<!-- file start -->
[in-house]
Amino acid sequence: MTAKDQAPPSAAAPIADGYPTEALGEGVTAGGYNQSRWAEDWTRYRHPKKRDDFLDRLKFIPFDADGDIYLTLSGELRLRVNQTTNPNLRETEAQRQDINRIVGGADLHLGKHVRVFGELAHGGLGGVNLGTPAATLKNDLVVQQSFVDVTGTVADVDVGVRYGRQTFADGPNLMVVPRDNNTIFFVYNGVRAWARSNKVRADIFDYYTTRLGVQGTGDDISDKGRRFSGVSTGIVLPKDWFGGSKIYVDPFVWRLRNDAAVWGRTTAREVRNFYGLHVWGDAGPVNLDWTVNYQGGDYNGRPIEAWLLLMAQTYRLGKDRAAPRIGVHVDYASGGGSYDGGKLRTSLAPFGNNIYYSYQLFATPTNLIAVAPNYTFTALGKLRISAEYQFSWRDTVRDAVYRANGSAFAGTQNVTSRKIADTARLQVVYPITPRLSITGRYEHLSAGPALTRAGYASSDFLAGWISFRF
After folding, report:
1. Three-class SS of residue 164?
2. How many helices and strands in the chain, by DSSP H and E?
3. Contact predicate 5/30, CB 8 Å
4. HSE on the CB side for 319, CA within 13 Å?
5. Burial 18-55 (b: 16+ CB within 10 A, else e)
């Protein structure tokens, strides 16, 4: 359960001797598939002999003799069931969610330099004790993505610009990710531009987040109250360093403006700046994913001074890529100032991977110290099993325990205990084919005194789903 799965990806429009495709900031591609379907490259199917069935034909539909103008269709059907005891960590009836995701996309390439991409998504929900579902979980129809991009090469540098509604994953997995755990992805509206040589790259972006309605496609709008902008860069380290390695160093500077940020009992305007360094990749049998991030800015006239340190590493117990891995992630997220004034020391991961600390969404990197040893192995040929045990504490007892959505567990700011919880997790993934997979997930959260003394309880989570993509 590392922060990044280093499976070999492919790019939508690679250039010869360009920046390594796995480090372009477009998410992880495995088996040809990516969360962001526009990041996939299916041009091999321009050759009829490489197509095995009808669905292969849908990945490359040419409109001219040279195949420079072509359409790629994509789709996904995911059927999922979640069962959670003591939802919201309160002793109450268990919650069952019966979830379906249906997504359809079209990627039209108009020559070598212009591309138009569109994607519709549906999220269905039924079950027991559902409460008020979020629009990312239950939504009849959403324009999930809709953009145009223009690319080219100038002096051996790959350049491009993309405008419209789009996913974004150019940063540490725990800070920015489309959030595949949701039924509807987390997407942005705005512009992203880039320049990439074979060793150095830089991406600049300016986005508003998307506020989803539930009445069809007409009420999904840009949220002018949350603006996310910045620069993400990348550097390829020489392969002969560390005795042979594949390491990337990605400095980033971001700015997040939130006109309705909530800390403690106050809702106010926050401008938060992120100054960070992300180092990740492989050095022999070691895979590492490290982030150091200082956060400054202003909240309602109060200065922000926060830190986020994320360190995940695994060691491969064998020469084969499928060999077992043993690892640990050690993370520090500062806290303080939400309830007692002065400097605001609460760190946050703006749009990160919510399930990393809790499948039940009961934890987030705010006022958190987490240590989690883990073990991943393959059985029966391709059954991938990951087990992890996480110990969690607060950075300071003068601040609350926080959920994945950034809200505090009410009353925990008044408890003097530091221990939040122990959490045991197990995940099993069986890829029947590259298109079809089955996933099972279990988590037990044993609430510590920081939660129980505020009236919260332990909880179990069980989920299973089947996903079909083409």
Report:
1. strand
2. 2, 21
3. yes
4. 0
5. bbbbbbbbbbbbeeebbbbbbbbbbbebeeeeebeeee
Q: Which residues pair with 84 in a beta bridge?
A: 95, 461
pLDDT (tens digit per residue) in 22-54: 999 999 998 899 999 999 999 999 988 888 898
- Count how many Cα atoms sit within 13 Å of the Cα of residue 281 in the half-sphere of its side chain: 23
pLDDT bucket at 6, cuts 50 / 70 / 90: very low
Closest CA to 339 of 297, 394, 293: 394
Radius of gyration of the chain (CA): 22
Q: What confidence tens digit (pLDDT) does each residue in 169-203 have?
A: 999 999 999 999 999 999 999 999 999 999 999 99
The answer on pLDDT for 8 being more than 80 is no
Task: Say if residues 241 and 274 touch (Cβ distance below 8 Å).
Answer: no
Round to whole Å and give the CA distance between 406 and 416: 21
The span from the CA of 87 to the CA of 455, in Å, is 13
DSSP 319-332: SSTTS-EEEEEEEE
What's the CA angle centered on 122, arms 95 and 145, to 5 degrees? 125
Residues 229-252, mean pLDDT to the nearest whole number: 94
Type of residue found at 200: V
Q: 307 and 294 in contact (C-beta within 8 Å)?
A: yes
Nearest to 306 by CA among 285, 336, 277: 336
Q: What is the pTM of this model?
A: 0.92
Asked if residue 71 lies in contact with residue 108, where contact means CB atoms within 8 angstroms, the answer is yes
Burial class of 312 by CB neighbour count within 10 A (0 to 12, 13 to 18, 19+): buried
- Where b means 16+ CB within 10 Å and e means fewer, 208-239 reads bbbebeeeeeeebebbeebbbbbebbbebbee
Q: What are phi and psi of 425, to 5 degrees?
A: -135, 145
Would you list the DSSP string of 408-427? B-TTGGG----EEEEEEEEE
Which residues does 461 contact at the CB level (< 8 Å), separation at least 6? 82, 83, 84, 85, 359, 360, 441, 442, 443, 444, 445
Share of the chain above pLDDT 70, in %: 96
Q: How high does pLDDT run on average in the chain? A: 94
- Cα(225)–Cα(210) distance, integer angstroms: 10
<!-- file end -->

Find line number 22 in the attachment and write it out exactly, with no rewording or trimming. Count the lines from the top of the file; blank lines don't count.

Radius of gyration of the chain (CA): 22